U.S. home prices rise 10.1% in December, fastest since 2014
WASHINGTON | U.S. home prices surged at the fastest pace in nearly seven years in December, fueled by low mortgage rates and Americans moving from crowded urban areas to houses in the suburbs.
The S&P CoreLogic Case-Shiller 20-city home price index, released Tuesday, climbed 10.1% in December from a year earlier. The year-end jump was the biggest since April 2014 and follows a strong 9.2% year-over-year gain in November.
Home prices climbed 14.4% in Phoenix , 13.6% in Seattle and 13% in Seattle in December. But prices rose all over. Chicago, which recorded the slowest price gain, saw a 7.7% uptick. Detroit was not included in the year-over-year figures because of record-keeping delays caused by the coronavirus pandemic.
Consumer confidence rises for second straight month
SILVER SPRING, Md. | U.S. consumer confidence rose again in February as an accelerating COVID-19 vaccine push provides hope for Americans who have lived through a year of unprecedented restrictions.
The Conference Board reported Tuesday that its consumer confidence index rose to 91.3, up from 88.9 in January.
However, despite the improved vaccination rollout, consumers are more optimistic about current conditions than they are about the near future. The present situation index, which is based on consumers' assessment of current business and labor market conditions, rose to 92 from 85.5 last month.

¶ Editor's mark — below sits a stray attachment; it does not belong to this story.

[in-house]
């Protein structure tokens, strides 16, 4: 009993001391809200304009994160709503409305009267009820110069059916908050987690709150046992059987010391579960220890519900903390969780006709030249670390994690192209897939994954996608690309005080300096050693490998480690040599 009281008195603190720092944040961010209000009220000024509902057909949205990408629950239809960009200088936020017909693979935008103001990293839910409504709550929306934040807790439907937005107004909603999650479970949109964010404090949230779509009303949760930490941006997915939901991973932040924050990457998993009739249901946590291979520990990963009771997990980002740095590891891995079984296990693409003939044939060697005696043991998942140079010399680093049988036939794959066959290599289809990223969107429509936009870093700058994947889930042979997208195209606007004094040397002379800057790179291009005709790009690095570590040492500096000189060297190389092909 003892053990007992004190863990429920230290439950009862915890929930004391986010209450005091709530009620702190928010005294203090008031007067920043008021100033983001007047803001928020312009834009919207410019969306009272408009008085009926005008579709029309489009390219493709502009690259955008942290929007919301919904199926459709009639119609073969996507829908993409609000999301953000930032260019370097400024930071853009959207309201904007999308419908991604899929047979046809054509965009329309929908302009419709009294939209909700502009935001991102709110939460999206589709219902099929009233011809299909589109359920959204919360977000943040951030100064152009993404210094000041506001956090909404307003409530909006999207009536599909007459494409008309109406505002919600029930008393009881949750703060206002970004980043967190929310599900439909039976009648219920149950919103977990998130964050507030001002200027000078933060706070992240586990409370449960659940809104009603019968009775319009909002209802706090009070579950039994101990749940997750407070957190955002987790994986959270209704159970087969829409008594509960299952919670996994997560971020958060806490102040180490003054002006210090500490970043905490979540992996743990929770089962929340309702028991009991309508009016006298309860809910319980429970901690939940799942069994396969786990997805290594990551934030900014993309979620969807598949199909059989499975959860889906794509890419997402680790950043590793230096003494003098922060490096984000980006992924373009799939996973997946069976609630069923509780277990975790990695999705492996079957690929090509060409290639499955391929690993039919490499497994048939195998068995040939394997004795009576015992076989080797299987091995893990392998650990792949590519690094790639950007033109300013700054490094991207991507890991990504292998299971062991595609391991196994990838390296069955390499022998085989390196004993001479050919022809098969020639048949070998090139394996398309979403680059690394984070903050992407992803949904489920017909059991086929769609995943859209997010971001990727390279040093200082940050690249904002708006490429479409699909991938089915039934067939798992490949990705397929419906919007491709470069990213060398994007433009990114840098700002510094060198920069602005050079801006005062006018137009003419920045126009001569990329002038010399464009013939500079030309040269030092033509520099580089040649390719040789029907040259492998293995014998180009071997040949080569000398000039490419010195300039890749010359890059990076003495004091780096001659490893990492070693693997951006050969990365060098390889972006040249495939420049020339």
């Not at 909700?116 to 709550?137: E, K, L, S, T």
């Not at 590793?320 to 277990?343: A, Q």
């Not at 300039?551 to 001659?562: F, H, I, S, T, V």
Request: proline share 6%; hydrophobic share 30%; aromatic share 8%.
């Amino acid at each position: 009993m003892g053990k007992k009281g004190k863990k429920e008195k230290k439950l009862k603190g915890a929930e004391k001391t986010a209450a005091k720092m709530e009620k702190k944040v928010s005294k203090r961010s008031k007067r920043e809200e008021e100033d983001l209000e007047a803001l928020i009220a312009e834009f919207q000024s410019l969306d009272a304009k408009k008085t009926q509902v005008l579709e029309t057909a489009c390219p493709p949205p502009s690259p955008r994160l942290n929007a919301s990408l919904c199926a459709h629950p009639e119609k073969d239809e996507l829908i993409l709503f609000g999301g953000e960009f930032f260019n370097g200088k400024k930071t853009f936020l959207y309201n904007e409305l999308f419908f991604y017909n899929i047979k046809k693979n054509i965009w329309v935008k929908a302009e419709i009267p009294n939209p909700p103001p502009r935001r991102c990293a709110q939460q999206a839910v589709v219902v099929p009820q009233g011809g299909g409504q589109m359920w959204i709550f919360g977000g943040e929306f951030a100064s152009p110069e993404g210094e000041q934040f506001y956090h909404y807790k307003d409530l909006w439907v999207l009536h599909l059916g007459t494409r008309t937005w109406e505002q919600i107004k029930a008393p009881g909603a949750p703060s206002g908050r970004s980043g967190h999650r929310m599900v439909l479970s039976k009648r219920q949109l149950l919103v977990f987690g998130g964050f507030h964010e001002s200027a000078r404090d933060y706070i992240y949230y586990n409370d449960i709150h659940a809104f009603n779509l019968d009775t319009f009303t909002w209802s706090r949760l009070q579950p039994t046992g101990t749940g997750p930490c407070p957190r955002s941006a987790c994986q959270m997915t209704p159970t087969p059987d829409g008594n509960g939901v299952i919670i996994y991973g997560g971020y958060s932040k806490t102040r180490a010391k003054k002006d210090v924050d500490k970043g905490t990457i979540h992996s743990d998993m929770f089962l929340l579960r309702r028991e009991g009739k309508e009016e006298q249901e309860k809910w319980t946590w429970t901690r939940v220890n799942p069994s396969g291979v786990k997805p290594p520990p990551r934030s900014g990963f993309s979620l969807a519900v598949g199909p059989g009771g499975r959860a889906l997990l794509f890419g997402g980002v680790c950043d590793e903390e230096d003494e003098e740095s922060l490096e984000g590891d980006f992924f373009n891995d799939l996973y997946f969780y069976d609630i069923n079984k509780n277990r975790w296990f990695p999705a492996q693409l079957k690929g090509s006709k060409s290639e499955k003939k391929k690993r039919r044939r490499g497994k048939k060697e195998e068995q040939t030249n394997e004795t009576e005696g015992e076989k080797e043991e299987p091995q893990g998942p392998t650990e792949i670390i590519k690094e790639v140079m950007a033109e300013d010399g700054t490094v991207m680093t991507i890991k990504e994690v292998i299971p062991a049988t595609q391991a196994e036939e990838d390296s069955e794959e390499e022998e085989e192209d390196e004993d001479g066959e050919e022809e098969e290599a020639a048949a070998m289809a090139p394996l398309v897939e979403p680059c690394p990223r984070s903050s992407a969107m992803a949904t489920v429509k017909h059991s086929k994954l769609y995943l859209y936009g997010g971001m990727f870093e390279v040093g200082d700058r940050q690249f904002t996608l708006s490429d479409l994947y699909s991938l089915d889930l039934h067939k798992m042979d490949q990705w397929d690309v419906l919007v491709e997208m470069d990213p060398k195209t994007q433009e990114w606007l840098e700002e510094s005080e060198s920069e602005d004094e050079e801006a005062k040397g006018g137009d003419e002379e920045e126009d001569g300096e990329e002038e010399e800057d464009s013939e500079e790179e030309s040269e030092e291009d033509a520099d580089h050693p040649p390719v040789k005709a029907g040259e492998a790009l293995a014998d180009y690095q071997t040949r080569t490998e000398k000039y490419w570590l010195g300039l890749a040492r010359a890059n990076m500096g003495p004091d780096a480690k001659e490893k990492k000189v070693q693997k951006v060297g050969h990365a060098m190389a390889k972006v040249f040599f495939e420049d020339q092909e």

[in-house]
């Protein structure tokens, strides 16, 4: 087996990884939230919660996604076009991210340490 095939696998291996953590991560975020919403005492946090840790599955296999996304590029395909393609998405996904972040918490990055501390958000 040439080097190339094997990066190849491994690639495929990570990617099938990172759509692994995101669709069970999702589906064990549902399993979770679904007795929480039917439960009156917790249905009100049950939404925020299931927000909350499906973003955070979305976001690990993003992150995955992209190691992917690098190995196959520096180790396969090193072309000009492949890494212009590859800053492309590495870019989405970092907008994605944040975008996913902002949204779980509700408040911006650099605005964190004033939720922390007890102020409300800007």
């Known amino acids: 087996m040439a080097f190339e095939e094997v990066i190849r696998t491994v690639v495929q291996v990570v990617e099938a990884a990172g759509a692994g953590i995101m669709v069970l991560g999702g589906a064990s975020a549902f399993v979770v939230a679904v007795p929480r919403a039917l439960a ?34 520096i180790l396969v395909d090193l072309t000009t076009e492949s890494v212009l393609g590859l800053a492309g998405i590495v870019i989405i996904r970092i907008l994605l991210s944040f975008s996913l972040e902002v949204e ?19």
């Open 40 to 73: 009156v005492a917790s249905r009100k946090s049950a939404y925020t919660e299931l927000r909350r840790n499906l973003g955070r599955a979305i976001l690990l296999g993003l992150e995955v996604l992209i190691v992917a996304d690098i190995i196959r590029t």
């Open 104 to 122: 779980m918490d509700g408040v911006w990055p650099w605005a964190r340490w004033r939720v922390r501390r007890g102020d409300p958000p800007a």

BLM in Italian Fashion campaign shows early tangible results
MILAN | A digital runway show by five Italian fashion designers of African origin opens Milan Fashion Week on Wednesday, one tangible result of a campaign launched last summer by the only Black Italian designer belonging to the Milan fashion chamber.
After some initial resistance and a slow start, designer Stella Jean credits the Italian National Fashion Chamber with "a lot of goodwill" in pushing through an enhanced collaboration with five young designers, including financing and partnerships with Italian suppliers.
She launched the campaign with designer Edward Buchanan and Afro Fashion Week Milano founder Michelle Ngomo after fashion houses expressed solidarity with the Black Lives Matters Movement on Instagram, demanding that they put action behind their social media pledges.
Puerto Rico rejects key deal with creditors to reduce debt
SAN JUAN, Puerto Rico | Puerto Rico's governor announced Tuesday that a federal control board reached a key deal that would reduce the U.S. territory's overall debt by nearly 80%, but that his administration is rejecting it amid concerns about cuts to the island's crumbling public pension system.
The impasse between the governor and a board that oversees Puerto Rico's finances threatens to throw into limbo attempts to end a bankruptcy-like process for a government that six years ago declared unpayable its more than $70 billion public debt load.
The deal was reached with creditors who hold general obligation bonds and Public Building Authority bonds sold by Puerto Rico's government and would resolve $35 billion worth of debt and non-debt claims, according to the board. It also would reduce debt held by those creditors from $18.8 billion to $7.4 billion, a 61% reduction, and would provide them with $7.4 billion in bonds and $7 billion in cash, among other things.